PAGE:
Submitted to: Plant and Soil
Publication Type: Peer Reviewed Journal
Publication Acceptance Date: 4/28/2004
Publication Date: 1/10/2005
Citation: Milchunas, D., Mosier, A., Morgan, J.A., Lecain, D.R., King, J. 2005. Root production and tissue quality in a shortgrass steppe exposed to elevated CO2: using a new ingrowth method. Plant and Soil Journal. 268:111-122. Interpretive Summary: Rising atmospheric levels of carbon dioxide (CO2) are known to contribute to climate change, but they also have direct effects on plant physiology, by increasing photosynthesis and improving the plant water relations. Much less investigated and understood are the effects of elevated atmospheric CO2 on root biology. In this field experiment, root dynamics in a native shortgrass prairie exposed to twice today’s levels of CO2 were evaluated using a new method for quantifying root growth to determine how continuing rising atmospheric CO2 will affect the ecology of this and other semi-arid grasslands. We found that plant root growth was stimulated at elevated CO2 by 60% during years of intermediate precipitation compared to long-term site averages, with small to no effects of CO2 on root growth in either very wet or dry years. Estimates of root production by this new method, which is a modification of previous standard in-growth root methods, were lower than previous estimates based on using radioisotope labeling of roots. The results suggest that rising atmospheric CO2 will have important affects on the growth and turnover of native plant roots in grasslands around the world.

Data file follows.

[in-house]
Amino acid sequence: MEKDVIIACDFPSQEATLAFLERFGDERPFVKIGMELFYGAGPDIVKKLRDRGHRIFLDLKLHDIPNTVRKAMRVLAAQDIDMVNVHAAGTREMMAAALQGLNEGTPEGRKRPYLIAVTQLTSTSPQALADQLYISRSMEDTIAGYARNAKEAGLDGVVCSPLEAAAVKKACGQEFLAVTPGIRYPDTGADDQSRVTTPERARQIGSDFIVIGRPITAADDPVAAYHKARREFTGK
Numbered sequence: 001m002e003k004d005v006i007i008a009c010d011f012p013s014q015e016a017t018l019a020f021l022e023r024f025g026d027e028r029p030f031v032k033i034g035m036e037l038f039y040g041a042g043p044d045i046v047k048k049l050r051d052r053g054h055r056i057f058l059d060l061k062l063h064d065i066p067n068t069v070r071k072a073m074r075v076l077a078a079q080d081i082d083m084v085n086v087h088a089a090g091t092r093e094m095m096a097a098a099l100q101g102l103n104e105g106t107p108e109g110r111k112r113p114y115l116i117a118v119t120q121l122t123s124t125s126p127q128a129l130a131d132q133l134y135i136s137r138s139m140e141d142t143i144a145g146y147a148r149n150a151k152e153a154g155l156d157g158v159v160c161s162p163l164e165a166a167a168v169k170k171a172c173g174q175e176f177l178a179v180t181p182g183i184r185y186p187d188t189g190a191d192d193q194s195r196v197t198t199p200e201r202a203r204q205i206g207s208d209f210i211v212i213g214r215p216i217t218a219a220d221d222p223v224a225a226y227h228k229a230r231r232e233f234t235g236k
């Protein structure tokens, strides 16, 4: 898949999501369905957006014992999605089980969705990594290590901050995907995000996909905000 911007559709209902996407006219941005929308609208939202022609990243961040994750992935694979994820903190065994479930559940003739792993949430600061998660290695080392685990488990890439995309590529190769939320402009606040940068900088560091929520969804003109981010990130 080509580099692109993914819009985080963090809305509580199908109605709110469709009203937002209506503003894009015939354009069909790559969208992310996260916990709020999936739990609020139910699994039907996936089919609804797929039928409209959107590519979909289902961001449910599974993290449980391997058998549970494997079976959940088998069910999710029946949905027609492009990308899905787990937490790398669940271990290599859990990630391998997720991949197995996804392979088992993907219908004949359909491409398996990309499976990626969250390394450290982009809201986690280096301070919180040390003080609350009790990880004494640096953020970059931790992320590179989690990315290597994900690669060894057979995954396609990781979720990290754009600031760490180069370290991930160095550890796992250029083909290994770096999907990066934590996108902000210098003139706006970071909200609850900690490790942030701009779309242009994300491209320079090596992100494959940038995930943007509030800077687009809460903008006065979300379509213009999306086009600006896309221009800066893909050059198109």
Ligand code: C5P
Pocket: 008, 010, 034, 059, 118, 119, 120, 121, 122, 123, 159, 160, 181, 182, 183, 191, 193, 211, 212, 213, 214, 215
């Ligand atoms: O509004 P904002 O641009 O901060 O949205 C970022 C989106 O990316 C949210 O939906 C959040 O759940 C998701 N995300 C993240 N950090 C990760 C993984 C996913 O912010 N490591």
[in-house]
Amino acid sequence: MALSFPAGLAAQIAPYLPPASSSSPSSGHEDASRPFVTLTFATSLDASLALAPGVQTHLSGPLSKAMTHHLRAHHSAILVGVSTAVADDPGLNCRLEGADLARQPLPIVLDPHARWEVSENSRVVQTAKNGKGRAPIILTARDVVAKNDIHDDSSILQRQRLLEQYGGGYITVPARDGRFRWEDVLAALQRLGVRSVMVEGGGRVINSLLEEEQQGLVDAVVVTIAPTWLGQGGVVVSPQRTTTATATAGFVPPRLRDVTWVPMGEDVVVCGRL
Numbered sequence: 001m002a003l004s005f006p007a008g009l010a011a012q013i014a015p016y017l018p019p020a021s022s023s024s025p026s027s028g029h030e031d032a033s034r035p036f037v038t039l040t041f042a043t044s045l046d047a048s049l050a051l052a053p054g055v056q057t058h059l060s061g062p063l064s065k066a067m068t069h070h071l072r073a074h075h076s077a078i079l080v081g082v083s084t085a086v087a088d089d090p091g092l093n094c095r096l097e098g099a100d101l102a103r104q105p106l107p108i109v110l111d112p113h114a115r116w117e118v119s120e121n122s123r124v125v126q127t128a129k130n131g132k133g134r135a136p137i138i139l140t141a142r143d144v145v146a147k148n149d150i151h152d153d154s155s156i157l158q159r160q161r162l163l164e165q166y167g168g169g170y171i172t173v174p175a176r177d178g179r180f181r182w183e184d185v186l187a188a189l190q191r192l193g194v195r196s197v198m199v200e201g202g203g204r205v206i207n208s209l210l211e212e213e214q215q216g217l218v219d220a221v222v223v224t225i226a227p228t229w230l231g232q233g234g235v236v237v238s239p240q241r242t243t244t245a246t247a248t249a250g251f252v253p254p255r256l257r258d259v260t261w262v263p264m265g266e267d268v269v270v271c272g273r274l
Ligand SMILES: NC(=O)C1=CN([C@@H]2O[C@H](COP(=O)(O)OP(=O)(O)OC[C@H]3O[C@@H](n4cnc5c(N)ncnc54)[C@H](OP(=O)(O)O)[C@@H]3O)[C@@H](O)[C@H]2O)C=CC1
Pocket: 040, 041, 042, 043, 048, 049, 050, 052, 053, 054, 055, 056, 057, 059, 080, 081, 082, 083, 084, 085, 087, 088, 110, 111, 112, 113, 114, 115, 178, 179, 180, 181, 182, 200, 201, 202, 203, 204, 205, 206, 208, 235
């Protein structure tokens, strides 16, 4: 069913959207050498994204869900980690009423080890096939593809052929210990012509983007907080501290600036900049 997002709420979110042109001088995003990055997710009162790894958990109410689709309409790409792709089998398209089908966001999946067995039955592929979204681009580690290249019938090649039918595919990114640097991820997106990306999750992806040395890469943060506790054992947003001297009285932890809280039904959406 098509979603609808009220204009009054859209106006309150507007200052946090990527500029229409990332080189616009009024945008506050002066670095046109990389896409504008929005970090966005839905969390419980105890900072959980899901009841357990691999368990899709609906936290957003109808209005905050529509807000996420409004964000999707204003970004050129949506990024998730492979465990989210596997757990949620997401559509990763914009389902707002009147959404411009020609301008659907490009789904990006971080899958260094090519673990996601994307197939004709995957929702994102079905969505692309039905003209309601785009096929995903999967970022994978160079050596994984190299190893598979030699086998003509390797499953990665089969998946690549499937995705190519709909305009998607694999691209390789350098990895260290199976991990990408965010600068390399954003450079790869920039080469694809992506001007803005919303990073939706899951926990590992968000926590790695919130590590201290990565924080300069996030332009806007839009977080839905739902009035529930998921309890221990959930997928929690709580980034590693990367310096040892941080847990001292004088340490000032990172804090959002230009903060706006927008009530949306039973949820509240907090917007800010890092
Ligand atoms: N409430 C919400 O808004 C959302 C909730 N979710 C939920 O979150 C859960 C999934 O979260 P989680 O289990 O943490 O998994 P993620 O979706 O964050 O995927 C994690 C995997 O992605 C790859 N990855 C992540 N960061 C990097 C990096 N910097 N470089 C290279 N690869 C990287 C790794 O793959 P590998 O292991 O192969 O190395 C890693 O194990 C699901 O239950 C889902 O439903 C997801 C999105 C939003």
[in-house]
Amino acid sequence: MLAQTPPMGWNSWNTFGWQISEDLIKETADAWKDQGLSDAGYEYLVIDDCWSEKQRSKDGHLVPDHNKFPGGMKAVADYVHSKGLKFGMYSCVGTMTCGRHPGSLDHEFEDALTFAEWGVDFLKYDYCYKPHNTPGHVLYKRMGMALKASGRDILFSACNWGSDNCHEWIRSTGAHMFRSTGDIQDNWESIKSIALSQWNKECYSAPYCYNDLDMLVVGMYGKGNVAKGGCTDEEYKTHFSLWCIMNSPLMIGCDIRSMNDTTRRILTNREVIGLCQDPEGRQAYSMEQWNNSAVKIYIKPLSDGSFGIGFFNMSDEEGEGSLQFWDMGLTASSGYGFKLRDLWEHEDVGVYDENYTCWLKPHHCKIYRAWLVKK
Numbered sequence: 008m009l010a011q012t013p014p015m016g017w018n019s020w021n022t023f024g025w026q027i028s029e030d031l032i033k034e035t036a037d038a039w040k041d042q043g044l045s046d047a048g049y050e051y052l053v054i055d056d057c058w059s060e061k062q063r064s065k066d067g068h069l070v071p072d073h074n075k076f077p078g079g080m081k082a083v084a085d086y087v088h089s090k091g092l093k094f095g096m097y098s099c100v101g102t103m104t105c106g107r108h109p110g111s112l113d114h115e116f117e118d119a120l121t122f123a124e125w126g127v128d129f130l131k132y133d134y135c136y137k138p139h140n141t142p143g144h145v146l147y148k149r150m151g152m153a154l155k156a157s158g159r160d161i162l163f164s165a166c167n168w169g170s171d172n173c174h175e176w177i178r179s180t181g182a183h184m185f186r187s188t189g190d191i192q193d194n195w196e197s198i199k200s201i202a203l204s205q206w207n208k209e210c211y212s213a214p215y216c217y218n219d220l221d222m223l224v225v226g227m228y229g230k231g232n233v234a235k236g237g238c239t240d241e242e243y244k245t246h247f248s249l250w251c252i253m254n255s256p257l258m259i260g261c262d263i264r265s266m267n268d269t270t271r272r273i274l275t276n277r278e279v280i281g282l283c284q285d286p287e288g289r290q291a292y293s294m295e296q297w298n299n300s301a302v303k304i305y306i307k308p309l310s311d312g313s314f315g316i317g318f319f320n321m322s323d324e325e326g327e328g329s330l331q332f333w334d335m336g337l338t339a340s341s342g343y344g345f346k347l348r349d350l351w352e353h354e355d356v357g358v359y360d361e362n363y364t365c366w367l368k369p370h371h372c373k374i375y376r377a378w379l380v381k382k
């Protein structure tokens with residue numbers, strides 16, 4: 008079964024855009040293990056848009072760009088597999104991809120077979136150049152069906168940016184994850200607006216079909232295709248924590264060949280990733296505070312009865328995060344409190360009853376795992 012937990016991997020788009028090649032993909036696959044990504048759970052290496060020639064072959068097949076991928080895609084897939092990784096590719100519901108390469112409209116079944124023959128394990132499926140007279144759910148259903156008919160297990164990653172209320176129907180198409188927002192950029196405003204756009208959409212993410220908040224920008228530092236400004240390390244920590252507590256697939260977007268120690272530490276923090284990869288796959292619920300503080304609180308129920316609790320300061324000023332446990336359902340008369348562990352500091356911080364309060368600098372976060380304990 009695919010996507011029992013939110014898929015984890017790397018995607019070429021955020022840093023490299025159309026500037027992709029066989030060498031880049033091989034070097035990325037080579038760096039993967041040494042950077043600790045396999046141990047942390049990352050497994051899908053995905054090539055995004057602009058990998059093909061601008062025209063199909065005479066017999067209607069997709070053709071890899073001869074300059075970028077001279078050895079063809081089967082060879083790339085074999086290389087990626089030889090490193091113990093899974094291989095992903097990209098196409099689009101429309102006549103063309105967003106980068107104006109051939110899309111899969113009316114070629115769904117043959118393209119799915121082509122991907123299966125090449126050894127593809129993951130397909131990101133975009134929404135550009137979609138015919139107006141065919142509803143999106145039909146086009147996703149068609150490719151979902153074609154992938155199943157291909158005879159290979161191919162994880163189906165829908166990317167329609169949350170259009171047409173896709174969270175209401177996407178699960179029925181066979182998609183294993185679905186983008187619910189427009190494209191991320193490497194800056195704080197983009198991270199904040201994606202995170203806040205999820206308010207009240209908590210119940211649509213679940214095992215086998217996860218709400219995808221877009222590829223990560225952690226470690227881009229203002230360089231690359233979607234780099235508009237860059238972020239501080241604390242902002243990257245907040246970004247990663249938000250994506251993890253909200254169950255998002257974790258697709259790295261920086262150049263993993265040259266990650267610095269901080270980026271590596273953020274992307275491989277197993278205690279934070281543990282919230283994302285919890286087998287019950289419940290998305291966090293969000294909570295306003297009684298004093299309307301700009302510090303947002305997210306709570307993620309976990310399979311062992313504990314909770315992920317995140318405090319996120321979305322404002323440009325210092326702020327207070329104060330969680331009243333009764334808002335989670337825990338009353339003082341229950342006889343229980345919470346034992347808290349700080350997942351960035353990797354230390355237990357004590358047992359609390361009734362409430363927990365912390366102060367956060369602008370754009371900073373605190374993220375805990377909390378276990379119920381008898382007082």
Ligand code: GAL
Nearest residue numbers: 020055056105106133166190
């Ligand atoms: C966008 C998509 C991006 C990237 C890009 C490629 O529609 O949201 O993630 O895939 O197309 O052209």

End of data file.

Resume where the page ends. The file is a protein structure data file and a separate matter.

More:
Technical Abstract: A modified root ingrowth method was developed to minimize destructive sampling in experiments with limited space, and used to estimate belowground net primary production and root tissue quality in a native semiarid grassland exposed to elevated CO2 for five years. Increases in root production of over 60 % were observed with elevated CO2 during years of intermediate levels of precipitation, with smaller effects in a very wet year and no effects in a very dry year. Aboveground to belowground production ratios, and the depth distribution of root production, did not differ between ambient and elevated CO2 treatments. Increased tissue quality with elevated CO2 was observed in terms of increases in root soluble concentrations and decreases in lignin concentrations, whereas nitrogen concentrations decreased indicating a decrease in quality. Root tissue quality responses to CO2 often occurred in only a couple years, and C:N ratios were higher in only one of four years sampled. Estimates of root production by the in-growth donut method were much lower than previous estimates in the shortgrass steppe based on 14C decay. We discuss reasons why all ingrowth methods will always only result in relative rather than absolute estimates of root production.